CONCLUDING REMARKS

It is a complex situation for health care providers including the dental profession to strike a balance between a caring, supportive and patient-centred approach to care, and the need to make a living and to run a profitable business in order to achieve this. Striving to act ethically and professionally at all times will assist in finding this elusive balance, and ultimately it will be more rewarding and professionally satisfying3 The dentist has an ethical obligation to inform responsible parties about treatment choices, costs, possible complications, and expected outcomes when determining what is in the patient's best interests. The "best interest" of patients means that professional decisions of proposed investigations and any reasonable alternatives proposed by the dentist must consider patients' values and personal preferences. This must be done in a manner that allows the patient to become involved and requires careful communication with patients. Listening is of paramount importance.1

In some instances, patient desires may conflict with professional recommendations and one is faced with a real dilemma in respecting the autonomy of the patient. Patients must be informed of alternative treatments, advantages and disadvantages of each, costs of each, expected outcomes and possible complications. Together, the risks, benefits, and burdens can be balanced. It is only after such consideration that the "best interests" of patients can be assured. Dentists must present honest, thorough treatment plans and charge moderate, reasonable fees. Such activities will increase treatment plan acceptability, motivate new patients to stay and help ensure a practice's financial viability and success1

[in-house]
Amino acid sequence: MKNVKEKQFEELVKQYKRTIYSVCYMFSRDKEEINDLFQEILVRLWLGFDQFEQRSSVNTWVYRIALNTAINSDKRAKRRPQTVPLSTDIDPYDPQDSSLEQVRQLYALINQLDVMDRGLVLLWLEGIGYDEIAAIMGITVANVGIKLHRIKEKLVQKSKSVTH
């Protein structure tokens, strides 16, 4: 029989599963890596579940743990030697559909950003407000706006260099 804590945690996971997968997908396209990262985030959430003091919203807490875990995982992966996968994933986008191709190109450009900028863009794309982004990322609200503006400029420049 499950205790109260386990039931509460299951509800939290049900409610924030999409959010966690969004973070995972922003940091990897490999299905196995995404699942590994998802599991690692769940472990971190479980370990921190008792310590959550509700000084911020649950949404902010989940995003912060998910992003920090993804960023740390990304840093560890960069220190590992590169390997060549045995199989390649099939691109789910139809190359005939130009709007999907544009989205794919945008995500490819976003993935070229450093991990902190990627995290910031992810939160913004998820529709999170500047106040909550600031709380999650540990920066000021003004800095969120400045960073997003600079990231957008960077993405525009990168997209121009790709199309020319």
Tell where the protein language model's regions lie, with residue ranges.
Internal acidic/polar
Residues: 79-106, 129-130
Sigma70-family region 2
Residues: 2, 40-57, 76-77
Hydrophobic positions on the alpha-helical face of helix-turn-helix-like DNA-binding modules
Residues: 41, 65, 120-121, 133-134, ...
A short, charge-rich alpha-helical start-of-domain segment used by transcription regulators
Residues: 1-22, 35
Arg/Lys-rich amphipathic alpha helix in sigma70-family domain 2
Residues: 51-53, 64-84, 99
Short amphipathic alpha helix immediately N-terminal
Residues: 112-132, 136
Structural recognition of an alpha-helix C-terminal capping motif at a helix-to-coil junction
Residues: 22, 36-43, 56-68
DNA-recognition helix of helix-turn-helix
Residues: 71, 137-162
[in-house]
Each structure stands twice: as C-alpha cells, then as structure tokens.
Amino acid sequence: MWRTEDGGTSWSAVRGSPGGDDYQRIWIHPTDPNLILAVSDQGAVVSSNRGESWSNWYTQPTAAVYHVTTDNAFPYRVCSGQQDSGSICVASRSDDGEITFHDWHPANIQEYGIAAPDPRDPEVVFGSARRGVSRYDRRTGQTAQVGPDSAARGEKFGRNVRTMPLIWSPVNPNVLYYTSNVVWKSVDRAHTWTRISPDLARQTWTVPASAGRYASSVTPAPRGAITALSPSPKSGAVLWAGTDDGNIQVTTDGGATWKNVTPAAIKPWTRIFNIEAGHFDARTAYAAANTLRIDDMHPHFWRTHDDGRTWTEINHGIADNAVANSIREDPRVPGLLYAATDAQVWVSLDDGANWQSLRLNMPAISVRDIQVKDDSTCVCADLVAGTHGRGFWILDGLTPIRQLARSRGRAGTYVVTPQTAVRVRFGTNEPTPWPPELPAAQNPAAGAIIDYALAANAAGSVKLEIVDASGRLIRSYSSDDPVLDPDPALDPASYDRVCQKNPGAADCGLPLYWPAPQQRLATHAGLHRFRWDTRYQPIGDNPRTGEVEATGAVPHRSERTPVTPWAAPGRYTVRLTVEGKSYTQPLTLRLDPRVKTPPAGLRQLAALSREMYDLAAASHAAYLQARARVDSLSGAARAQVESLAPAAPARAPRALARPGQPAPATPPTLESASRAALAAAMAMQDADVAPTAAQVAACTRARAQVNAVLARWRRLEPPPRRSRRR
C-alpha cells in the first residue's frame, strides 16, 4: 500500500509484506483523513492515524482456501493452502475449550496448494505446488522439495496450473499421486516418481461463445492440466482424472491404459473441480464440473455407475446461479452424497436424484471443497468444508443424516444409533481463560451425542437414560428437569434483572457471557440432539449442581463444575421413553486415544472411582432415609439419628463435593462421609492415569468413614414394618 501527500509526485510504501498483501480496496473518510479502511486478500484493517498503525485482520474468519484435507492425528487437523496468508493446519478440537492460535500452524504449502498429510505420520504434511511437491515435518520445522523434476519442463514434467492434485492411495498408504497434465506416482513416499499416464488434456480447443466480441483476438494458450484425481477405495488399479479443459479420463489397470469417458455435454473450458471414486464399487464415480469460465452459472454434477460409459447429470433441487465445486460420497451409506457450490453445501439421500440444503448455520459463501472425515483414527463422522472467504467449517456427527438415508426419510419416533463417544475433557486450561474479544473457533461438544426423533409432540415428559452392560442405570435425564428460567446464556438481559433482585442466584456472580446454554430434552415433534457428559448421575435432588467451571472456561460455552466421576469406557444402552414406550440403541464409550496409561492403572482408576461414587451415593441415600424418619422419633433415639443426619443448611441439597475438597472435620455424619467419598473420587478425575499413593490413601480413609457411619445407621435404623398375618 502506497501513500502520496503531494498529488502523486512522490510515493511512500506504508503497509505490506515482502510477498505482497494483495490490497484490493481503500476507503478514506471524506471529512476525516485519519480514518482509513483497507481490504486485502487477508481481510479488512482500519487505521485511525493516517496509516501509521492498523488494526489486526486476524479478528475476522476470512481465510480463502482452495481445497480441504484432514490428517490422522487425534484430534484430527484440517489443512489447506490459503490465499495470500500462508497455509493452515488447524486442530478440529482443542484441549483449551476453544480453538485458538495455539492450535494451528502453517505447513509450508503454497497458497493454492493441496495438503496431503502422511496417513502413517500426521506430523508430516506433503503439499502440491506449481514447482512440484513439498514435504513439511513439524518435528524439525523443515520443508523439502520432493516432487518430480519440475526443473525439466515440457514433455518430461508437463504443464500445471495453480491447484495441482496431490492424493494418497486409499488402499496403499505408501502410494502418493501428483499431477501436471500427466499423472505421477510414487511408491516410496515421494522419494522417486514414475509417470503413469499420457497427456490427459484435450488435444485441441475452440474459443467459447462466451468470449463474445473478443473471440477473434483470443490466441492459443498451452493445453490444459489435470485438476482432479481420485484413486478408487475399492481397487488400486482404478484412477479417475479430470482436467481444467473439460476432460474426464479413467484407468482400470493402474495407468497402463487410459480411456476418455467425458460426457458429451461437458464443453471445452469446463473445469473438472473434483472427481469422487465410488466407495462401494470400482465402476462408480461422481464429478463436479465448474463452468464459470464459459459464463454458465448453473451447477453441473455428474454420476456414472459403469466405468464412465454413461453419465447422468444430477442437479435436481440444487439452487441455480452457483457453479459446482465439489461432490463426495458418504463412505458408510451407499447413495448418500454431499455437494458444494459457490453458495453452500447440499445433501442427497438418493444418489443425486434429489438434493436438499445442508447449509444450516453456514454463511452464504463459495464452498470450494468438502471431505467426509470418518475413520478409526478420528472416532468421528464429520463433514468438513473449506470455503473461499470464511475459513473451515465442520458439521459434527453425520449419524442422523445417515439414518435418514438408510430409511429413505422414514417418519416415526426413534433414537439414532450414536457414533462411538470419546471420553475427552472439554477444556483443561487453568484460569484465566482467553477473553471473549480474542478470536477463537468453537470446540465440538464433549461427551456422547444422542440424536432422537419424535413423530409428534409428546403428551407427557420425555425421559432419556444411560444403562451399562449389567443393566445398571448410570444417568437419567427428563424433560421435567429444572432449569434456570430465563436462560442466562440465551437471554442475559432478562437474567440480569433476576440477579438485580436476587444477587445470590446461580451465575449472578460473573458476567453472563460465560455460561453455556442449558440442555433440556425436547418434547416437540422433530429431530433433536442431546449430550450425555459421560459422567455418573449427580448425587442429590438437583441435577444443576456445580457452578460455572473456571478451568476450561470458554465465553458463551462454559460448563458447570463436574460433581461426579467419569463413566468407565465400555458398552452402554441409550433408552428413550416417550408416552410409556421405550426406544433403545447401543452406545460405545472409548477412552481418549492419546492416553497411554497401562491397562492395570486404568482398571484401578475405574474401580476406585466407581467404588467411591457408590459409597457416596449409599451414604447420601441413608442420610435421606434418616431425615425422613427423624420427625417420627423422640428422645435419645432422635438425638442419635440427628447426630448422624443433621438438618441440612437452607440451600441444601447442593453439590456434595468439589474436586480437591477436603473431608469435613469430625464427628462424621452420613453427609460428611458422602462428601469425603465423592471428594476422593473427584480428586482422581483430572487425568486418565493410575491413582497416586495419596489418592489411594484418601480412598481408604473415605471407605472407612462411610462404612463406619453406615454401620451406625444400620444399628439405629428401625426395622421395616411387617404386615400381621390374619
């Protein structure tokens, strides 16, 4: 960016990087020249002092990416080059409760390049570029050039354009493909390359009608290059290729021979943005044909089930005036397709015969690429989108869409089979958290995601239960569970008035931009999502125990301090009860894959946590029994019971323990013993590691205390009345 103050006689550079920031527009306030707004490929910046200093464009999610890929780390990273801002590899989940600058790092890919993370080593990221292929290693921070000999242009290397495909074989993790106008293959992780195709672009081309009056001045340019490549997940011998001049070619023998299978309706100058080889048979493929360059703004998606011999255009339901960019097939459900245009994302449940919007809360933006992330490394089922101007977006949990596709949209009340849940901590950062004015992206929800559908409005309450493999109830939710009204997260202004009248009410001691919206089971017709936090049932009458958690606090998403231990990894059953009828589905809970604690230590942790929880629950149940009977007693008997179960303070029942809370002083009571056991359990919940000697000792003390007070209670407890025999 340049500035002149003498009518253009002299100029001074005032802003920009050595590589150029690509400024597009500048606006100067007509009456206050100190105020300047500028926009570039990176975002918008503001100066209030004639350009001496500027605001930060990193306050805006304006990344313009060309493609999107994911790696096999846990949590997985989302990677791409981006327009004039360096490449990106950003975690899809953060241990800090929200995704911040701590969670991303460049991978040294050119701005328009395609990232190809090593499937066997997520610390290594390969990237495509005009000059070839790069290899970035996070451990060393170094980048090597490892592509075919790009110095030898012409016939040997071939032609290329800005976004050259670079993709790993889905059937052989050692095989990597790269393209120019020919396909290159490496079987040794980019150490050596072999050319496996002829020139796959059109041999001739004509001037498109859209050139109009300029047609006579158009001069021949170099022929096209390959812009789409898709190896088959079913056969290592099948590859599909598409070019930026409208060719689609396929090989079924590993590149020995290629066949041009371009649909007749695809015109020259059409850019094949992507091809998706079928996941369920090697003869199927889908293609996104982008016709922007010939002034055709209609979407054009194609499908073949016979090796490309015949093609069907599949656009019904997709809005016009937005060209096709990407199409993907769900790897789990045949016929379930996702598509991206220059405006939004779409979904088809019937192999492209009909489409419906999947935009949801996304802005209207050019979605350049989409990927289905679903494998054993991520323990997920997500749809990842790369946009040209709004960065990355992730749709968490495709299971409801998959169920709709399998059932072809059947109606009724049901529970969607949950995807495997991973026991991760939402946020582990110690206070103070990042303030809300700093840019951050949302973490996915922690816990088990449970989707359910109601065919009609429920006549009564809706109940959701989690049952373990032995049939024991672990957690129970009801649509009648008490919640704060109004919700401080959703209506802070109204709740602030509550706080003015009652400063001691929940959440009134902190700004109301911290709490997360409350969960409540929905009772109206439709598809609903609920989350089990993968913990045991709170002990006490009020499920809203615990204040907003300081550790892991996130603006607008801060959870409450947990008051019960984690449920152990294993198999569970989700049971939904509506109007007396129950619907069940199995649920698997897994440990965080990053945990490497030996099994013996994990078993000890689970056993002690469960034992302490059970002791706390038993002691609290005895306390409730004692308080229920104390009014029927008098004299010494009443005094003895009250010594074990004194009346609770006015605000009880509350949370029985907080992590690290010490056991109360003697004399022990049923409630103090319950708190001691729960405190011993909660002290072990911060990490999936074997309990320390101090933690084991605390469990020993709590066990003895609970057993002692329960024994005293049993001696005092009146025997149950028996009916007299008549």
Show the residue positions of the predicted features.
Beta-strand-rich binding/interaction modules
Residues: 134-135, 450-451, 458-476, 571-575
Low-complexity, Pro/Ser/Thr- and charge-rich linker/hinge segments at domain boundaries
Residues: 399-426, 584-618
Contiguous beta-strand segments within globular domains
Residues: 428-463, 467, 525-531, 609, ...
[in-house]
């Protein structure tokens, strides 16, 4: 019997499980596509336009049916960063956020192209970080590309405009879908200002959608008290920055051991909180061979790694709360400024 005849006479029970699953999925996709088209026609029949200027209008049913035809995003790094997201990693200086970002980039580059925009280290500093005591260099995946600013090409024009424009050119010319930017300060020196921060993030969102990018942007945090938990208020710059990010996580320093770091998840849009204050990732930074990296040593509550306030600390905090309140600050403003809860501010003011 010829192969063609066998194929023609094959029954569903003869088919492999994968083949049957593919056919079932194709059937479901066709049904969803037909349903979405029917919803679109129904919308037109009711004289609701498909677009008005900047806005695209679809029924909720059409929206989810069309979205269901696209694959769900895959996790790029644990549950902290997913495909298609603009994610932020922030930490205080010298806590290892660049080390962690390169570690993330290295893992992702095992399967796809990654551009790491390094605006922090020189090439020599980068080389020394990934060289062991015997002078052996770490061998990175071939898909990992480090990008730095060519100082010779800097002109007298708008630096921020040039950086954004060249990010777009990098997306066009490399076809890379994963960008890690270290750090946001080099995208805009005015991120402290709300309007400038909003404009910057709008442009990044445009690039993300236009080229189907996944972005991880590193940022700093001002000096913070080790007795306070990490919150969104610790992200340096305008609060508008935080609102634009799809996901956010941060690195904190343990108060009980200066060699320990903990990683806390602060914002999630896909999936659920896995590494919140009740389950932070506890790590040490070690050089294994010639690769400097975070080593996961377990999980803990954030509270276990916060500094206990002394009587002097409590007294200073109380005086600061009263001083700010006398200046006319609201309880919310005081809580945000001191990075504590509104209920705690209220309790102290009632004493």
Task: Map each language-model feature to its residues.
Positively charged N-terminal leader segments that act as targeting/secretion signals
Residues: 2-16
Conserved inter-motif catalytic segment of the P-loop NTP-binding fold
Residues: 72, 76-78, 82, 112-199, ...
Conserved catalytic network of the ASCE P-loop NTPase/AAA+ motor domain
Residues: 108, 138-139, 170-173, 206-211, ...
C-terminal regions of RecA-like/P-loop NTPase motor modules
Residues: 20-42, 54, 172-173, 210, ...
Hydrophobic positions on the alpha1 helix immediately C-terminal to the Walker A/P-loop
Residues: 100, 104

References

1. Mcodley K, Naicloo S, Ethics for the Dental Team, Van Schaik Publishers, Pretoria, 2010.         [ Links ]

2. South African Parliament. National Health Act of No 61 of 2003, Chapter 2 Section 6, Pretoria.         [ Links ]

3. Dental Protection Limited. Ethics, values, and the law. Module 2: Ethics, and Business, 2009        [ Links ]

4. Horner K. Radiographic selection criteria: new guidelines, old challenges, British Dental Journal 2013; 214: 201-3.         [ Links ]

 

 

Correspondence:
S Naidoo
Department of Community Dentistry
Private Bag X1, Tygerberg 7505
E-mail: suenaidoo@uwc.ac.za

Creative Commons License All the contents of this journal, except where otherwise noted, is licensed under a Creative Commons Attribution License